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Founded in March 1912, DC branch of the NAACP quickly became the leading organization advocating for the city's Black community. President Woodrow Wilson's institution of Jim Crow segregation in the federal government in the spring of 1913 galvanized the African American community of DC and the NAACP launched a formidable crusade against Wilson's racist policies. As the preeminent civil rights organization of the nation's capital, it also developed a dual role as a watchdog body to prevent the passage of legislation in Congress that negatively affected African Americans. Archivist and…mehr

Produktbeschreibung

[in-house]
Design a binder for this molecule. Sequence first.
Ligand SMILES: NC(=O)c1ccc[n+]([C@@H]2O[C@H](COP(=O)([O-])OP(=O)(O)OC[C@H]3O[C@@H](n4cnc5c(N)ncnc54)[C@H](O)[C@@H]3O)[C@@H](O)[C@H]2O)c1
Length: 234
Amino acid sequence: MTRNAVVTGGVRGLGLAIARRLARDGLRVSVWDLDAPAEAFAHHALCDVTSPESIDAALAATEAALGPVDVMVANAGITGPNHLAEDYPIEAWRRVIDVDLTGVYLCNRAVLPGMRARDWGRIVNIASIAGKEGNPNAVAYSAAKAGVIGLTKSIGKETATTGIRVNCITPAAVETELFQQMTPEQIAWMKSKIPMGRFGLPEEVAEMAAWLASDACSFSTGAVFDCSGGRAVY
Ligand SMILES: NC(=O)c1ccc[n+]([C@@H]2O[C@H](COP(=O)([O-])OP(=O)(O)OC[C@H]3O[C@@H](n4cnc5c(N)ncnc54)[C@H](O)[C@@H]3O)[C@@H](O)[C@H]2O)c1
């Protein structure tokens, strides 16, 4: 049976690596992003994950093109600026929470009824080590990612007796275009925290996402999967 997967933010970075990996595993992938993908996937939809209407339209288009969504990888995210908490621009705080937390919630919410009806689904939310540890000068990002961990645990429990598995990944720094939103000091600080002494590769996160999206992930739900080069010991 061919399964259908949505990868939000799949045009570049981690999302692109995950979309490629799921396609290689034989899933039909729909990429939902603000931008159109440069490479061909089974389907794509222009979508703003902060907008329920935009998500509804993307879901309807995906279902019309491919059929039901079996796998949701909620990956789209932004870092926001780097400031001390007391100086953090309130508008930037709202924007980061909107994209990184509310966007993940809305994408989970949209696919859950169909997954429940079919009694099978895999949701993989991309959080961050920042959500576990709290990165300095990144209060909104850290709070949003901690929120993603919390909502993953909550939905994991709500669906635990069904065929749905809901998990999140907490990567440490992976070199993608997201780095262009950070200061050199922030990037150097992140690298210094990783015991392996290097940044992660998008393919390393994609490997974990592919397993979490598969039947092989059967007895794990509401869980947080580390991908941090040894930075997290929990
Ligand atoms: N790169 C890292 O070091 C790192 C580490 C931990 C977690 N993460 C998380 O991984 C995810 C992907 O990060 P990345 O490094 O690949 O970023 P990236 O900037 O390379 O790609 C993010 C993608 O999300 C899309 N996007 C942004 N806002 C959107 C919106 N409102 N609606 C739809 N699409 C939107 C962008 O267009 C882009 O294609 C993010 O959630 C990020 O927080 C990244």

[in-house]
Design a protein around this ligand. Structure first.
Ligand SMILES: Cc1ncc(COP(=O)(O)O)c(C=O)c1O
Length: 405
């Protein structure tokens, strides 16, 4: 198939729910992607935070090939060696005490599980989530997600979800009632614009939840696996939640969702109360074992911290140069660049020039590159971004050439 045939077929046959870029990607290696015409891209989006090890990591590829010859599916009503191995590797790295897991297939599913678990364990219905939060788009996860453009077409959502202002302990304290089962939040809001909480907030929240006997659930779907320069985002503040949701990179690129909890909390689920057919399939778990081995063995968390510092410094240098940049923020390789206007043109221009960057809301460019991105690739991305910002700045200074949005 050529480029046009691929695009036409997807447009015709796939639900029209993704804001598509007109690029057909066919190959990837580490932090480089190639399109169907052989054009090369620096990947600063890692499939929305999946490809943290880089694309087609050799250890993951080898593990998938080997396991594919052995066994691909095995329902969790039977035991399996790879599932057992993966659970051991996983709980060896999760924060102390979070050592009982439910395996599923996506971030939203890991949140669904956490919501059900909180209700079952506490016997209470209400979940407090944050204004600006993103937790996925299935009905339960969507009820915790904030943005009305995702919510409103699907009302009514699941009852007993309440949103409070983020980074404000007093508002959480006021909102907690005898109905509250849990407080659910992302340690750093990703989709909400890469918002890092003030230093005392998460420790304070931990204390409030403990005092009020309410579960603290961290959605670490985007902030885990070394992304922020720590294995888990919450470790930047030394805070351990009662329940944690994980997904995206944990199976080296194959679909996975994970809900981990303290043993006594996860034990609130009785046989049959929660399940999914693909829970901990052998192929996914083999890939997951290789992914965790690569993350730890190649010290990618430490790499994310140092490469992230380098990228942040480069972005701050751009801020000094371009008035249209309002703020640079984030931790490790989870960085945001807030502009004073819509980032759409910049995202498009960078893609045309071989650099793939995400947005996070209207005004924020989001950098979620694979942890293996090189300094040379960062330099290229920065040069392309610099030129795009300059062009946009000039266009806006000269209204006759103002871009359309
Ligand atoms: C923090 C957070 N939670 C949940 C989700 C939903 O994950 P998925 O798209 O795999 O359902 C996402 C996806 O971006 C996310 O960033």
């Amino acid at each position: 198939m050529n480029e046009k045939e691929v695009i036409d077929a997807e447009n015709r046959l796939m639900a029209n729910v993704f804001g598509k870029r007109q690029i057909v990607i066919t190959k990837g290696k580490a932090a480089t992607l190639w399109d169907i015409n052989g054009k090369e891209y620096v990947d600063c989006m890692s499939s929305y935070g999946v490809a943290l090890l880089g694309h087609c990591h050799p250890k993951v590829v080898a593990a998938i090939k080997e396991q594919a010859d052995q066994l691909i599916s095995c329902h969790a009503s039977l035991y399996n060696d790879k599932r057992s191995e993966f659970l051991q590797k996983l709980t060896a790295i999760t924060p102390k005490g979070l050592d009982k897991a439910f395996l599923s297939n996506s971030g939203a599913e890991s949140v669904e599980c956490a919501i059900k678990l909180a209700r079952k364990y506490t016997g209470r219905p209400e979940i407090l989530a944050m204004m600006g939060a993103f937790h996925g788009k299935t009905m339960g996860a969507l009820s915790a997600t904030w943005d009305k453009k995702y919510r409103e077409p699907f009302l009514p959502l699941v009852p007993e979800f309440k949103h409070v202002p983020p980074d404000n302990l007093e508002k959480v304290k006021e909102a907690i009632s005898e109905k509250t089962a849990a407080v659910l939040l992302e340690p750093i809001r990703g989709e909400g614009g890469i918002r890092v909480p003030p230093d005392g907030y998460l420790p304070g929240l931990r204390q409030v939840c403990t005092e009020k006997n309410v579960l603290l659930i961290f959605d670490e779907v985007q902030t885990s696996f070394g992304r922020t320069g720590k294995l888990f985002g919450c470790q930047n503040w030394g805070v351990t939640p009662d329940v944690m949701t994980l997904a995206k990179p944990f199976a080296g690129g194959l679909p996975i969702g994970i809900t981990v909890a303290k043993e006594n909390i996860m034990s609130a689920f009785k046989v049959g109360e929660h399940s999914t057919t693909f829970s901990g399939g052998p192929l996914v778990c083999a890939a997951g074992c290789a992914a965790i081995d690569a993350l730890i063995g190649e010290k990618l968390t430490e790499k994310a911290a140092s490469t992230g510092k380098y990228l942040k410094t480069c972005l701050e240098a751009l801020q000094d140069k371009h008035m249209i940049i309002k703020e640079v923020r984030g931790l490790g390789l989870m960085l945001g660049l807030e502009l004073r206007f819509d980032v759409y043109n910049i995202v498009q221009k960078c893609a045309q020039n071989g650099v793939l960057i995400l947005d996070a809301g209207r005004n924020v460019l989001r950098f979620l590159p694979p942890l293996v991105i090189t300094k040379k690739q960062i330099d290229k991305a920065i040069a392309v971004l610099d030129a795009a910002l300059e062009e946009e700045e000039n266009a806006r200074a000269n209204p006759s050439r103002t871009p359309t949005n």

Founded in March 1912, DC branch of the NAACP quickly became the leading organization advocating for the city's Black community. President Woodrow Wilson's institution of Jim Crow segregation in the federal government in the spring of 1913 galvanized the African American community of DC and the NAACP launched a formidable crusade against Wilson's racist policies. As the preeminent civil rights organization of the nation's capital, it also developed a dual role as a watchdog body to prevent the passage of legislation in Congress that negatively affected African Americans. Archivist and historian Derek Gray chronicles and analyzes the work of the DC NAACP through the civil rights era to the achievement of Home Rule in the District.